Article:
HPV-Linked Throat Cancer May Have Telltale Signs
Signs of potential trouble could be different in people without the virus, study suggests
But if the mass persists, see your doctor again, added Dr. Dennis Kraus, director of the Center for Head and Neck Oncology at Lenox Hill Hospital, in New York City.
According to Kraus, the findings help "codify" what many doctors have noted: that people with HPV-positive oropharyngeal cancer tend to have no symptoms, but instead notice a lump.
The "good news," Kraus said, is that HPV-positive cancers generally have a better prognosis. Patients with HPV-negative cancers tend to have a more-aggressive disease -- and, therefore, obvious symptoms like an irritated throat and difficulty swallowing.
Kraus agreed with Day that the face of oropharyngeal cancer has changed from years ago. HPV-positive tumors are now more common than HPV-negative ones, he said.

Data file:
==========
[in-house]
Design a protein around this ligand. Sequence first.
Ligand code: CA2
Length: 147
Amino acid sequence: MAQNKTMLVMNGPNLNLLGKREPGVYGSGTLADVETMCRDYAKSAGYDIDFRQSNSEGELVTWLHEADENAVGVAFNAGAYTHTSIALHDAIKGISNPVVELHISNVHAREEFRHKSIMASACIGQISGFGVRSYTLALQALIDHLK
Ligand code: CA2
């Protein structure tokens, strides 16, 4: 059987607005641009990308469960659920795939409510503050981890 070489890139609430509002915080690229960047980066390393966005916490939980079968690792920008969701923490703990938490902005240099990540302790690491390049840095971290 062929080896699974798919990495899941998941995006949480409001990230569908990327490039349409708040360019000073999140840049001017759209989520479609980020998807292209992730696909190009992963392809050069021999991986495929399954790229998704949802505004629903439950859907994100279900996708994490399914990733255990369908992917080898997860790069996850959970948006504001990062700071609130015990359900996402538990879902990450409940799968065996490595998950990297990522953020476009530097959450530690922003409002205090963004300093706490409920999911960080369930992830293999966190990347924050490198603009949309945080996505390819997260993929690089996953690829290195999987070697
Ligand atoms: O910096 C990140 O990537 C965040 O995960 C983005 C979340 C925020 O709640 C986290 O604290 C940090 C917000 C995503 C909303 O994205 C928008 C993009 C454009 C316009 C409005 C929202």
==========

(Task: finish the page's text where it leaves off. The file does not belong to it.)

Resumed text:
According to the CDC, about 7 percent of Americans have oral HPV, though only 1 percent have the particular strain (HPV-16) that's linked to oropharyngeal cancer.
Usually, the immune system is able to clear HPV from the body, and most people never know they were infected.
But for reasons that aren't clear, some people harbor chronic HPV infections. Persistent infection with a cancer-linked strain is the big worry: Nearly all cases of cervical cancer, for instance, are caused by HPV.
There are, however, two vaccines against the most common cancer-linked HPV strains -- including HPV-16. Experts recommend all children ages 11 and 12 be vaccinated. Older girls and women up to age 26 should get "catch-up" shots if they've never been vaccinated. The same advice goes for boys and men ages 13 to 21.
The vaccines -- Gardasil and Cervarix -- are known to ward off genital and anal HPV infections. Studies on whether the vaccines prevent oral infections are just starting. But, Kraus noted, they do target the major HPV strain linked to oropharyngeal cancer.